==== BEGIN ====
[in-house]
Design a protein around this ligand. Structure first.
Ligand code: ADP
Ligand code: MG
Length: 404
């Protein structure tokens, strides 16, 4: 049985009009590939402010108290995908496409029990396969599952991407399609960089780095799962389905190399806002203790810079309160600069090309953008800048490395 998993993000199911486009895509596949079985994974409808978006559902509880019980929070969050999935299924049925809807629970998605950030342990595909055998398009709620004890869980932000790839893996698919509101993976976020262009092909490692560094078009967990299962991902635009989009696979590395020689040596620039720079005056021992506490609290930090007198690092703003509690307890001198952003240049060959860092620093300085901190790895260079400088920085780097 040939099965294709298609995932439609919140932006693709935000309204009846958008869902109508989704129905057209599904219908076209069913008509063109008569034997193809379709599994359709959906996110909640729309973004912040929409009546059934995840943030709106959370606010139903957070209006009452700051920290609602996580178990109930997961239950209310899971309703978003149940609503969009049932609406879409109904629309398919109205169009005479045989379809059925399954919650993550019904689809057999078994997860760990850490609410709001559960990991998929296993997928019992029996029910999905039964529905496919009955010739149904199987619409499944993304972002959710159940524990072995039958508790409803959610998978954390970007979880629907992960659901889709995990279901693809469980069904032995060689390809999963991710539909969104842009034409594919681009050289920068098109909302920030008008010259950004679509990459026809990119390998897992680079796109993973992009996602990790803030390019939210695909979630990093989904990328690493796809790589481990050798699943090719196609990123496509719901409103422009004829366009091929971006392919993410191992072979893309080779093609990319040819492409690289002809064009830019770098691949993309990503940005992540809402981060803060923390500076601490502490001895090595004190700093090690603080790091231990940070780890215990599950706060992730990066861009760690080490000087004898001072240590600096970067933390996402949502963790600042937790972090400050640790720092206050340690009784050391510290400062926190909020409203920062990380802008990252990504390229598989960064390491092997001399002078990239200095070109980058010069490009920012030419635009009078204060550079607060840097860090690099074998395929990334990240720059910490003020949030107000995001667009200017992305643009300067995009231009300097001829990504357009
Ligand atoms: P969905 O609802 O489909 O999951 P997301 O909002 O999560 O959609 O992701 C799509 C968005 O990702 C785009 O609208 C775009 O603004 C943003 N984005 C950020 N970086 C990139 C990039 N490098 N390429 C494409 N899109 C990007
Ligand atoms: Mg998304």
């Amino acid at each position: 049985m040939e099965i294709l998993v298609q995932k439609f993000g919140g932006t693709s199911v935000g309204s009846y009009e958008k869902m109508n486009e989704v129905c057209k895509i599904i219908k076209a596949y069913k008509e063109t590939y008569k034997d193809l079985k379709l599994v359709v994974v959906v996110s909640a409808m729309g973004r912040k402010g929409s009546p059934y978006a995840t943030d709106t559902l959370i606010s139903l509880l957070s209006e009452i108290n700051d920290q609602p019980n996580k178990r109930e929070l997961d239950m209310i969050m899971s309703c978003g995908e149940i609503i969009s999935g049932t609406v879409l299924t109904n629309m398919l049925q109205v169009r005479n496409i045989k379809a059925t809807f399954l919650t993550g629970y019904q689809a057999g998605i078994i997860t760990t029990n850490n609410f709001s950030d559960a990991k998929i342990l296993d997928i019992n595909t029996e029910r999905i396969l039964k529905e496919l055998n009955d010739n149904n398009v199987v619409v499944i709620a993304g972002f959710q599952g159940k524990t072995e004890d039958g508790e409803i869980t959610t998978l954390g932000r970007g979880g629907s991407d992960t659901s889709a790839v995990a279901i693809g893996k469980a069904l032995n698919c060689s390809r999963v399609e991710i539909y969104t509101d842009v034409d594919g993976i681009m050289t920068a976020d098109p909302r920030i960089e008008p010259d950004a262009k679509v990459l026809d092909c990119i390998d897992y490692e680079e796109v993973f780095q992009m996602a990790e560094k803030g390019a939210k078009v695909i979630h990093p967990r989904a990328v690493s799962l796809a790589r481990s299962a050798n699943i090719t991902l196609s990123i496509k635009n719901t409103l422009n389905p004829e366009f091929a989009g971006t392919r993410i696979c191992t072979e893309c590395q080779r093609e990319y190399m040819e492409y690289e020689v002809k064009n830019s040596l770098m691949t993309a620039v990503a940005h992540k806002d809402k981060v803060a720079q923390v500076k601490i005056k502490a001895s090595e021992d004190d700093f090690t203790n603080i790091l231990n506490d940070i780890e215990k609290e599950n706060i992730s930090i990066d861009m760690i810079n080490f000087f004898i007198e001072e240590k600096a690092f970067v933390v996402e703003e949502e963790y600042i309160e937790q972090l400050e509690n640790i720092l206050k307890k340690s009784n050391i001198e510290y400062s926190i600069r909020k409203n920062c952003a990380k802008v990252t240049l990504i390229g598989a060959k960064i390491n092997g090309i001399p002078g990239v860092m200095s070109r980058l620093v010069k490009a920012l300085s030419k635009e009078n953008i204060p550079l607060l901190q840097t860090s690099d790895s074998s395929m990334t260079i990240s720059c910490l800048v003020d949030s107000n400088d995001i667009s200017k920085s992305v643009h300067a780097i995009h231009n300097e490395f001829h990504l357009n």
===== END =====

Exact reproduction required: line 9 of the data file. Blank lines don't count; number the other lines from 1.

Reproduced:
């Amino acid at each position: 049985m040939e099965i294709l998993v298609q995932k439609f993000g919140g932006t693709s199911v935000g309204s009846y009009e958008k869902m109508n486009e989704v129905c057209k895509i599904i219908k076209a596949y069913k008509e063109t590939y008569k034997d193809l079985k379709l599994v359709v994974v959906v996110s909640a409808m729309g973004r912040k402010g929409s009546p059934y978006a995840t943030d709106t559902l959370i606010s139903l509880l957070s209006e009452i108290n700051d920290q609602p019980n996580k178990r109930e929070l997961d239950m209310i969050m899971s309703c978003g995908e149940i609503i969009s999935g049932t609406v879409l299924t109904n629309m398919l049925q109205v169009r005479n496409i045989k379809a059925t809807f399954l919650t993550g629970y019904q689809a057999g998605i078994i997860t760990t029990n850490n609410f709001s950030d559960a990991k998929i342990l296993d997928i019992n595909t029996e029910r999905i396969l039964k529905e496919l055998n009955d010739n149904n398009v199987v619409v499944i709620a993304g972002f959710q599952g159940k524990t072995e004890d039958g508790e409803i869980t959610t998978l954390g932000r970007g979880g629907s991407d992960t659901s889709a790839v995990a279901i693809g893996k469980a069904l032995n698919c060689s390809r999963v399609e991710i539909y969104t509101d842009v034409d594919g993976i681009m050289t920068a976020d098109p909302r920030i960089e008008p010259d950004a262009k679509v990459l026809d092909c990119i390998d897992y490692e680079e796109v993973f780095q992009m996602a990790e560094k803030g390019a939210k078009v695909i979630h990093p967990r989904a990328v690493s799962l796809a790589r481990s299962a050798n699943i090719t991902l196609s990123i496509k635009n719901t409103l422009n389905p004829e366009f091929a989009g971006t392919r993410i696979c191992t072979e893309c590395q080779r093609e990319y190399m040819e492409y690289e020689v002809k064009n830019s040596l770098m691949t993309a620039v990503a940005h992540k806002d809402k981060v803060a720079q923390v500076k601490i005056k502490a001895s090595e021992d004190d700093f090690t203790n603080i790091l231990n506490d940070i780890e215990k609290e599950n706060i992730s930090i990066d861009m760690i810079n080490f000087f004898i007198e001072e240590k600096a690092f970067v933390v996402e703003e949502e963790y600042i309160e937790q972090l400050e509690n640790i720092l206050k307890k340690s009784n050391i001198e510290y400062s926190i600069r909020k409203n920062c952003a990380k802008v990252t240049l990504i390229g598989a060959k960064i390491n092997g090309i001399p002078g990239v860092m200095s070109r980058l620093v010069k490009a920012l300085s030419k635009e009078n953008i204060p550079l607060l901190q840097t860090s690099d790895s074998s395929m990334t260079i990240s720059c910490l800048v003020d949030s107000n400088d995001i667009s200017k920085s992305v643009h300067a780097i995009h231009n300097e490395f001829h990504l357009n």